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Paranoid psychophrenia is an alternate term for paranoid schizophrenia, which is a psychosis that can result in a person losing touch with the world or reality. While it can be a very serious condition, those with this form of the disorder are often much more successful at leading normal lives than people with other forms of schizophrenia. Common symptoms experienced by people with the condition can include elaborate delusions regarding strangers or even friends wanting to harm them. It is also common to experience auditory hallucinations that may reinforce these delusions. There may be problems with concentration and memory in addition to somewhat dulled emotions, though these symptoms may be less severe than those associated with other types of the disorder.
The causes of paranoid schizophrenia are not fully understood, though there may be both genetic and environmental components. A family history of schizophrenia may be one of the key indicators, and those with such a history may want to be watchful for the onset of symptoms. Environmental causes can include poor nutrition, the contraction of viruses in utero, or taking excessive amounts of psychoactive drugs when the brain is still forming. Regardless of the cause, paranoid psychophrenia typically manifests some time between the early teenage years and the mid 30s.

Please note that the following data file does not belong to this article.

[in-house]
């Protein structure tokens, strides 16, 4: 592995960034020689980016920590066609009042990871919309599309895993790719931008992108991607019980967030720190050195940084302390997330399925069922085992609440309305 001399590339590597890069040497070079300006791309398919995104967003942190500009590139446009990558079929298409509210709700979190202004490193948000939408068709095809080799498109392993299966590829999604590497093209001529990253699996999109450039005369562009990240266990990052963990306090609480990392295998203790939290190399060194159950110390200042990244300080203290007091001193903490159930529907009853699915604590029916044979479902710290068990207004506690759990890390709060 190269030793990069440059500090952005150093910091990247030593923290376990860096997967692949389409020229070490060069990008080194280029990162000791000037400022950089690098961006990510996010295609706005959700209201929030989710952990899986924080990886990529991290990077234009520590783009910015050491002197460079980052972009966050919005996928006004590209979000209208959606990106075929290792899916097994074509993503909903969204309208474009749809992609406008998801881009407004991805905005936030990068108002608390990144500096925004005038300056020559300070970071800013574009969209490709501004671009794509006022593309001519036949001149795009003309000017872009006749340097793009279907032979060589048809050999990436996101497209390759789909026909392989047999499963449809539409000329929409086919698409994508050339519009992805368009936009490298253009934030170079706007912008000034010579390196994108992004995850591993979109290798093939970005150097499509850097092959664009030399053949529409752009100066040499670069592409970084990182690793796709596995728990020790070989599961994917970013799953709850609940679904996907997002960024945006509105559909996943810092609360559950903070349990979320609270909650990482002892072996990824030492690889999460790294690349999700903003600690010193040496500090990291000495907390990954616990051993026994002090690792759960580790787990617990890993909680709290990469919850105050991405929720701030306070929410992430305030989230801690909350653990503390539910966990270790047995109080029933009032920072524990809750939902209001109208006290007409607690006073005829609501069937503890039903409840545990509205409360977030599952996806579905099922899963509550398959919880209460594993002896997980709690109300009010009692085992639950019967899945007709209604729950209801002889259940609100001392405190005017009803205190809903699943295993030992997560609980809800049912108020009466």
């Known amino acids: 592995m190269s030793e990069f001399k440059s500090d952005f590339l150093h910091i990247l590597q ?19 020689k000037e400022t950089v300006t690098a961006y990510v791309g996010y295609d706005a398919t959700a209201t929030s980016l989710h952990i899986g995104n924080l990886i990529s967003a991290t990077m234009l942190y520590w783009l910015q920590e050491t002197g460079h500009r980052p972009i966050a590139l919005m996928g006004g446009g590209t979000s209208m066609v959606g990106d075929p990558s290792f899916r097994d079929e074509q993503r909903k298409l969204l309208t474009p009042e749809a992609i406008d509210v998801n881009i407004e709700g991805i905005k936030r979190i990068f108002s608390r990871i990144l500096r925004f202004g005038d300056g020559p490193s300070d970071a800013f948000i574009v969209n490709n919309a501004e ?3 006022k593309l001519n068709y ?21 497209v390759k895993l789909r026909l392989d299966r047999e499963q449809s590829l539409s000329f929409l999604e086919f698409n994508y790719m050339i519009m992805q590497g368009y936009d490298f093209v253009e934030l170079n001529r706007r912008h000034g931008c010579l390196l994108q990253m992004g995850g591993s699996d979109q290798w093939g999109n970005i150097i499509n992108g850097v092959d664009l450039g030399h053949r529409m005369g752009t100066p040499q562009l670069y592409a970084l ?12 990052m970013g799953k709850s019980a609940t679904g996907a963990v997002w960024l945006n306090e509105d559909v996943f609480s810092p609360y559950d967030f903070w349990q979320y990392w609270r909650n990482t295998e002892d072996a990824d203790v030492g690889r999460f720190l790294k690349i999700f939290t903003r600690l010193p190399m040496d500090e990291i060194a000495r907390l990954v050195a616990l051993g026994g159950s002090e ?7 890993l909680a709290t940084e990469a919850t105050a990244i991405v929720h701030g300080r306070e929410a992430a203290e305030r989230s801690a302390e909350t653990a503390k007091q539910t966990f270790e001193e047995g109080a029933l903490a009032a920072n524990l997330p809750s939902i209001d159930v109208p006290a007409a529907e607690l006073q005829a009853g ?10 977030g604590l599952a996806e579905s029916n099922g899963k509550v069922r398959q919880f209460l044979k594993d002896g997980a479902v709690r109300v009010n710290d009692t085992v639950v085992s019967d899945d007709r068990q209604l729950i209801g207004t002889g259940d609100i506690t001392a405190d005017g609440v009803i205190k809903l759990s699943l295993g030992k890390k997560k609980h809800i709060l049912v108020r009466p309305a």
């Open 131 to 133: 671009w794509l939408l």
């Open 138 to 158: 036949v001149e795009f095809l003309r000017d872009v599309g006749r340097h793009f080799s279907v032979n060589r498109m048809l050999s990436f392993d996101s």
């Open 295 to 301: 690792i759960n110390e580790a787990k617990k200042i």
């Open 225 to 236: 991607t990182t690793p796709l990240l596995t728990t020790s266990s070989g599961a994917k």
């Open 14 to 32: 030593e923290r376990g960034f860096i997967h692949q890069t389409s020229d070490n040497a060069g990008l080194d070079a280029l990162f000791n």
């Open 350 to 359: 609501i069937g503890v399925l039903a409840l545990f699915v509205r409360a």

Common symptoms of paranoid psychophrenia include delusions and hallucinations. The delusions often result in the person believing the government is out to get them, or a co-worker or friend is trying to hurt or kill them. Delusions of grandeur may also be experienced, where the person has a significantly inflated sense of importance, believes they have special powers, or a relationship with a celebrity. Auditory hallucinations that seem very real may also appear. These voices may simply be unpleasant, or may be a part of whatever delusions the person is suffering from.
A variety of other symptoms may be present apart from delusions and hallucinations. Two things to look for include suicidal thoughts or tendencies and an emotional distance. Those suffering from paranoid schizophrenia may also have problems with violence and anger, behave condescendingly or be particularly argumentative.
It is typically recommended to seek treatment if the symptoms of paranoid psychophrenia are experienced. This is a condition that is not known to go away or get better without treatment, and left untreated it may actually grow worse. Since the paranoid delusions commonly associated with paranoid psychophrenia can result in severely antisocial behavior, those who go untreated can have relationship problems, trouble finding or holding down a job, and may end up homeless or incarcerated. Treatment can help avoid many of these situations, though in some cases anti-psychotic medicines may come with risks of their own.